What is 3D thinking and why it's vital for leaders

10 June 2021

Core Insights: Leadership

By Tim Wray

For leaders to thrive in today’s uncertain and rapidly changing world they need what author Matthew Kutz has coined as ‘3D thinking’.

That is, they need to assess the past, present and future to truly understand the context in which they are making decisions.

Former Warwick Business School Professor Andrew Pettigrew, who is now at the University of Oxford and is acclaimed for bringing sociology and anthropology to strategy, once said: “The past is alive in the present and may shape the future.”

Leaders need to exercise hindsight and foresight, and understand how they are intertwined in the present, to make sure their organisation is not caught out by the rapid advances in technology, and can cope with the uncertainty of a post-pandemic world.

They need to draw on past experiences and learn lessons from them that can be applied to the current context, while also understanding the uniqueness of the context. Foresight is how leaders draw the future into the present by setting goals, aspirations and objectives, to help them ask the right questions and bring them towards their vision. The culmination of these three perspectives gives us insight for action today.

But an overemphasis on any one of these dimensions can be fatal. Over-emphasising the lessons, or success of the past, and repeating the recipe can be detrimental. Kodak is a famous example of this.

The photography firm boasted sales of $19 billion in 1990 with 145,000 staff worldwide, but it fell into bankruptcy in 2012 because of the emergence of the digital camera, negating the need for film, and wrecking its business model. This is despite Kodak inventing the digital camera in 1975 and producing the first mega-pixel version in 1986.

It relied too much on its success in the past to take action in the present that would move it into position for the future.

It lacked leadership agility; learning and adapting to sustain relevance, influence and effectiveness as leaders. The world is changing rapidly and so context is continually evolving, which makes it very important that leaders keep on learning, seeking out new trends, and asking new questions as the context is a moving target.

Indeed, the Latin meaning of context is ‘to weave together’ and was originally used when talking about the construction of tapestry. Instead of weaving together different coloured fabric, today, leaders need to think of context as the weaving together of different dynamics that make it unique.

Leaders need to be sensitive to the uniqueness of the situation while bringing in parallels from the past and looking to the future. This 3D thinking requires great awareness and intelligence from leaders.

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The Latin meaning of intelligence is an ability to read between the lines, which is a wonderful way of getting across the sensitivities of the context, as leaders need to extract meaning from those things that are unspoken and not explicit in the situation. They need to understand the flow of power and influence in the organisation, the informal networks of relationships, the norms, and the invisible hand of culture so they can take the right action.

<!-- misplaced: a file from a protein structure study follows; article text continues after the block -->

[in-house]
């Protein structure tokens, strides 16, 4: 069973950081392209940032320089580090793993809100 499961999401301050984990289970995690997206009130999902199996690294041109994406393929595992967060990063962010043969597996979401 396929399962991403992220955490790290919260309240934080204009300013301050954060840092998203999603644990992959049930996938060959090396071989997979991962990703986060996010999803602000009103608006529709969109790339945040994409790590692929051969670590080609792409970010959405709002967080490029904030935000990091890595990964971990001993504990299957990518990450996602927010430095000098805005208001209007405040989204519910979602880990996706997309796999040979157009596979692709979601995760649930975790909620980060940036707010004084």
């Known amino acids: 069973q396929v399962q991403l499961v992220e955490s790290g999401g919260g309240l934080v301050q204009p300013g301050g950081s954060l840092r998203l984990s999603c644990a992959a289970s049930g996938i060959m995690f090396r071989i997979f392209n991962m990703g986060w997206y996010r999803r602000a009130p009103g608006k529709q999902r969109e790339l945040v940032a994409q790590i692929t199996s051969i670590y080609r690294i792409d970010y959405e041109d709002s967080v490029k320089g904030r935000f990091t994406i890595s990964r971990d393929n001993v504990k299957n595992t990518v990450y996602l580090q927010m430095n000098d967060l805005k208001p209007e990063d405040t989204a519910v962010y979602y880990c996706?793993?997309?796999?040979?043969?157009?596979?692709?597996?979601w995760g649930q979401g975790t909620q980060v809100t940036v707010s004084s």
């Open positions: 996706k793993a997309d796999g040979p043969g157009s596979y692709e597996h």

They also need to be aware of the many cognitive biases we have. Behavioural science research has taught us that our decisions are affected by our brain’s biases, such as the confirmation bias, where we tend to search for and recall information that ascribes to our prior beliefs. Or the hindsight bias where we see past events as having been inevitable and a lot more predictable than they were at the time.

Leaders must be mindful of these biases and continually challenge their assumptions and beliefs to uncover blind spots they may have. This is where we need the help of others. Herminia Ibarra, Professor of Organisational Behaviour at London Business School, talks of building strategic networks that challenge our thinking and bring a diverse set of voices and ideas to a leader’s table.

This may well mean bringing in voices from different stakeholders of the organisation, from the shopfloor to customers, and to interested groups outside, maybe even those that campaign against the company.

Maintaining these strategic networks during the pandemic has been difficult, but it is those leaders who have been able to connect with their teams and a diverse set of voices despite remote working that have been the most effective.

Leaders need to create time and space to cultivate these networks and hear the diverse voices needed to gain the clarity around the context to make effective decisions.

For the organisation this is a constant process of learning and unlearning. Leaders need to make room in their routines to reflect on their organisation’s current practices and assess if the context has changed, so they need changing as well.

Indeed, making room for regular 3D thinking will help leaders stay ahead of the rapid change that has disrupted so many industries in recent years.

Tim Wray is a Professor of Practice and Director of Executive Education at WBS. Visit our Executive Education homepage to find out more about our range of programmes designed for both individuals and organisations.

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